Upon news this week that Hewlett-Packard is looking to stop producing TouchPad tablet computers and that it is “in discussions” to buy British software company Autonomy, the company took a 26% drop in its stock Friday. The stock dropped $5.91 to $23.60 — the lowest the HP stock has been since August 2005, when then-CEO Carly Fiorina was ousted from the company.
The company also announced that it will stop production of webOS software and that it wanted to separate its customer PC division in a Thursday announcement.
Many critics, including stockholders, questioned the tactic by HP. While they are looking to purchase Autonomy for $10.2 billion, the company isn’t making software right now, making the decision to drop its core products in favor of making software leery to stockholders. Still, the company hopes that getting out of computer-making business and focusing on making software will cost them less and generate higher profits in the future.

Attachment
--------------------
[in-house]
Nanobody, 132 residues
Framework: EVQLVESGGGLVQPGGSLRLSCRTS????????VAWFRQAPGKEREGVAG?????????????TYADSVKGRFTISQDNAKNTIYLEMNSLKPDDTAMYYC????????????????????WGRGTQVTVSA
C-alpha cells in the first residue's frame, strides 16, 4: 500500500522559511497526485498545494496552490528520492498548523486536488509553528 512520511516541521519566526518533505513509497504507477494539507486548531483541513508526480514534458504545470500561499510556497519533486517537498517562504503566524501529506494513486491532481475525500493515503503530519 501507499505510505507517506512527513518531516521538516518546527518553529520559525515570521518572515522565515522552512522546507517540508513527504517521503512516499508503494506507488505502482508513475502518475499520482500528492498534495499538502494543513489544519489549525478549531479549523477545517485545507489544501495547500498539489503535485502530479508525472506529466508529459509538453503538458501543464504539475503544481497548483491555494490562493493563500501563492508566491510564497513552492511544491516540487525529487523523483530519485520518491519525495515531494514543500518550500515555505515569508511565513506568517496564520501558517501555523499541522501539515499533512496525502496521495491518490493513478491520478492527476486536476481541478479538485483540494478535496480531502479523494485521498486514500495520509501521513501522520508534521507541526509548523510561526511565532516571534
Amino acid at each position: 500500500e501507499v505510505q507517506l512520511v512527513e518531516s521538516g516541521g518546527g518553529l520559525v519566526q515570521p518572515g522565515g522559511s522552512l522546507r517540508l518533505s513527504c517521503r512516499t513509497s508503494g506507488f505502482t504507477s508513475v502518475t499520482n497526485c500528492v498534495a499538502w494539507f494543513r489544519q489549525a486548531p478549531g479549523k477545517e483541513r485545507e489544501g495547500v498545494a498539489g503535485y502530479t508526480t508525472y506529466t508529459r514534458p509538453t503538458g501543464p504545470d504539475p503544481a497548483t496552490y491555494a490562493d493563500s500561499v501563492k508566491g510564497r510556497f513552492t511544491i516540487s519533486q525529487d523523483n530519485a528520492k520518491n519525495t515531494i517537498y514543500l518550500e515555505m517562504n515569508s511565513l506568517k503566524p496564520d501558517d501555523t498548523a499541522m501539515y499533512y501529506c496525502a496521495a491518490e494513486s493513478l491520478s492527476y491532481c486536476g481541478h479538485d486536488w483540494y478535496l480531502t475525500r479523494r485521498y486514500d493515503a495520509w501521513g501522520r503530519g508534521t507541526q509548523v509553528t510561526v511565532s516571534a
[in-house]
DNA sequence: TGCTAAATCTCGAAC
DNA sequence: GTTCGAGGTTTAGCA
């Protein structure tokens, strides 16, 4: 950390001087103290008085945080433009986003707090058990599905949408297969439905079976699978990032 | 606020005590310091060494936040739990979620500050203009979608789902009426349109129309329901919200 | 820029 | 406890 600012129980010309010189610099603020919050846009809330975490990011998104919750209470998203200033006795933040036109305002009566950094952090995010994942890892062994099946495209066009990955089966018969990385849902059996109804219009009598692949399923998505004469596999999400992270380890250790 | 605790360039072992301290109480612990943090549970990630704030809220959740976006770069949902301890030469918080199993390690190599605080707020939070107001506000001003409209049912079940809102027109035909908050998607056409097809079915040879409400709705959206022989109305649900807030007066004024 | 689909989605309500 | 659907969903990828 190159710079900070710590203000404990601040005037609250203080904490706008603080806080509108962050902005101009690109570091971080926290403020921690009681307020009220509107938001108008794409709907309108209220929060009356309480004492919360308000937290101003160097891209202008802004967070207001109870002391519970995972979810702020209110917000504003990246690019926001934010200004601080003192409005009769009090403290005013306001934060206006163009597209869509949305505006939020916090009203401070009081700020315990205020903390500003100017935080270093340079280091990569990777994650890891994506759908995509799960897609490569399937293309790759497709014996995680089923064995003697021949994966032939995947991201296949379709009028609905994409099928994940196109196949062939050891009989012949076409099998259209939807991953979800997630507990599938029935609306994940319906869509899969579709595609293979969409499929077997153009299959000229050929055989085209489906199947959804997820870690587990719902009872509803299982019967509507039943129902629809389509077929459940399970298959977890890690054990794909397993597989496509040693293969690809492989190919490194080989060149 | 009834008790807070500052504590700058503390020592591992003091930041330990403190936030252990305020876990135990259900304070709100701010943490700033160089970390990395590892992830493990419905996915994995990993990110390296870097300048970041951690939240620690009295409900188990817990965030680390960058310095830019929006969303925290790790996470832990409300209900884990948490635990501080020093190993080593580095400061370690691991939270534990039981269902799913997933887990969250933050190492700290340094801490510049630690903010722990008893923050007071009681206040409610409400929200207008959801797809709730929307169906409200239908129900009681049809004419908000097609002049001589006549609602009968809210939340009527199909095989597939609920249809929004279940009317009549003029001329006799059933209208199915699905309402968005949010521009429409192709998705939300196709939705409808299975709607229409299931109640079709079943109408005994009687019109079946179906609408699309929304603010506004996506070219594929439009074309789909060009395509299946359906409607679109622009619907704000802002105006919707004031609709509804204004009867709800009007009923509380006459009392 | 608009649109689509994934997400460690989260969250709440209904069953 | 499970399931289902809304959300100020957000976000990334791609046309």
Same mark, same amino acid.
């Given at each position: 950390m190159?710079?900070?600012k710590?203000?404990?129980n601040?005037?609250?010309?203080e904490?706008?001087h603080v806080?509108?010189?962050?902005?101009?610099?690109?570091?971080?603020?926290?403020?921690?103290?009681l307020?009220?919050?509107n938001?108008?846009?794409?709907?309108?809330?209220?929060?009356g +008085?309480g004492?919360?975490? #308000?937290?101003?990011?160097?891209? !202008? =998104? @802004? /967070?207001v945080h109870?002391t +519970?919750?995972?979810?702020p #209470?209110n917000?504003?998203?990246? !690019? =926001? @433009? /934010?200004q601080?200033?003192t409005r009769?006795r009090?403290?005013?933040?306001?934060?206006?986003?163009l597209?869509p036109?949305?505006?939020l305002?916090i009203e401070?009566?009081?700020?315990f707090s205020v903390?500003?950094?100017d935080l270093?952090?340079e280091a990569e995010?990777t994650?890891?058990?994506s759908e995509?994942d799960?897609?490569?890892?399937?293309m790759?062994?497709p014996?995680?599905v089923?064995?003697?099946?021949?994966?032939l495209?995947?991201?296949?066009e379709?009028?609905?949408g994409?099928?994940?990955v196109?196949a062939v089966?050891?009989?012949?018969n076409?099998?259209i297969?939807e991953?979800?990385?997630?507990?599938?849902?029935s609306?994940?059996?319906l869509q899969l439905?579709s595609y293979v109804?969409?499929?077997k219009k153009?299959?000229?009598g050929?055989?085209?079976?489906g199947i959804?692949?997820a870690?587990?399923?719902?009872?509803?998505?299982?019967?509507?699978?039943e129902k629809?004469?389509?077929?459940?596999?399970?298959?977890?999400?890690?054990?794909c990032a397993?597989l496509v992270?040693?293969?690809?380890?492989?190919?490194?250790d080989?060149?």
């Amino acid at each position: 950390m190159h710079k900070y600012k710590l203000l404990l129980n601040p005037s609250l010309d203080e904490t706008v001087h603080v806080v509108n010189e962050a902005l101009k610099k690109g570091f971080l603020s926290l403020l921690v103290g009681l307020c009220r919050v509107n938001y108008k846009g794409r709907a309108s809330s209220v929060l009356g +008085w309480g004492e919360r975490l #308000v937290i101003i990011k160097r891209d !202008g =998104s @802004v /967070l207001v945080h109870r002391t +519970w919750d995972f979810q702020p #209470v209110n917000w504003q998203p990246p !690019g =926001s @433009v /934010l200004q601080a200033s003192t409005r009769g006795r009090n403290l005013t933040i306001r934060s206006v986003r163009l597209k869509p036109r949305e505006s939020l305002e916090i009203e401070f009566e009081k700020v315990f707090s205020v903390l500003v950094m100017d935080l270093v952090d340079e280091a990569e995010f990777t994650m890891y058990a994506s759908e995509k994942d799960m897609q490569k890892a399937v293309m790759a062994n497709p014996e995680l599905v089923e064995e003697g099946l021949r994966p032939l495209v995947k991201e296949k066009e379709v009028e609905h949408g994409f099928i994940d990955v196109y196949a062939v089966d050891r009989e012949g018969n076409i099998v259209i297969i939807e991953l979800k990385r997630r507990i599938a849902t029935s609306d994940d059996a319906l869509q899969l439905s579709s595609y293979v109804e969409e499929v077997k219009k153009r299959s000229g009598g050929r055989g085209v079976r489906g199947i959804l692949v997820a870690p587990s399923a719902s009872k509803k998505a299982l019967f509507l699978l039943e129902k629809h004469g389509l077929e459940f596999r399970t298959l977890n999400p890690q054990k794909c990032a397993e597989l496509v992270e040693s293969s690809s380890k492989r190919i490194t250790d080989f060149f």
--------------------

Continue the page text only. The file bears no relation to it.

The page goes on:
The personal-computer maker also said that it was exploring “strategic alternatives” for its personal computer division and that it was also looking at a “full or partial separation from HP through a spinoff or other transaction,” according to the Los Angeles Times.
In recent years, profits have dropped for the company as demand for personal computers and laptops dropped and demand for tablets, such as Apple’s iPad, and mobile phone demands increased — and did the same job as HP’s products in a much more convenient way.
The LA Times reports that HP’s TouchPad tablet is far and away behind its competitors, barely registering behind 95% of the iPad market share.
While the stock for HP dipped on Friday, Autonomy saw its stock skyrocket — jumping 50% to $37.76 per share.